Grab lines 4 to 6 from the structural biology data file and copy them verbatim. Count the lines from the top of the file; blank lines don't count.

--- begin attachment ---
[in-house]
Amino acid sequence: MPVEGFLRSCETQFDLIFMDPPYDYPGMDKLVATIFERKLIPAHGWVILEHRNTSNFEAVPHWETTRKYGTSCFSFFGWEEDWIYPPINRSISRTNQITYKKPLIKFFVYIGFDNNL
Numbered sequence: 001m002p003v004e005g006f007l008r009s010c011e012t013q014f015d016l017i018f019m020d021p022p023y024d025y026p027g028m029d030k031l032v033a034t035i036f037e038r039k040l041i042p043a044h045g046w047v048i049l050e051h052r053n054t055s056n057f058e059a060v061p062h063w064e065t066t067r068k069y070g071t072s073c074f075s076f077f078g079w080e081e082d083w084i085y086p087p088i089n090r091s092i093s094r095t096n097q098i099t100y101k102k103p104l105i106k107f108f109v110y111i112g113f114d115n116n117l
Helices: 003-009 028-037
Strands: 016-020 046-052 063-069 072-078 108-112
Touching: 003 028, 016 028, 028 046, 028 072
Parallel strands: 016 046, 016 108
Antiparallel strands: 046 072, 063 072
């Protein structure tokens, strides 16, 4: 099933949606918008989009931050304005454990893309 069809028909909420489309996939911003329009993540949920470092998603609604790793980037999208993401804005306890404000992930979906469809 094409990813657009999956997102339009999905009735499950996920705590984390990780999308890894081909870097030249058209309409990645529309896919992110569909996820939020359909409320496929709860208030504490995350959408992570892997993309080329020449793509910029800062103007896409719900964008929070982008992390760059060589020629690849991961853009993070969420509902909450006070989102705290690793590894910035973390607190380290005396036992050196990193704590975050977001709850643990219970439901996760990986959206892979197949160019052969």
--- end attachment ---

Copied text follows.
Helices: 003-009 028-037
Strands: 016-020 046-052 063-069 072-078 108-112
Touching: 003 028, 016 028, 028 046, 028 072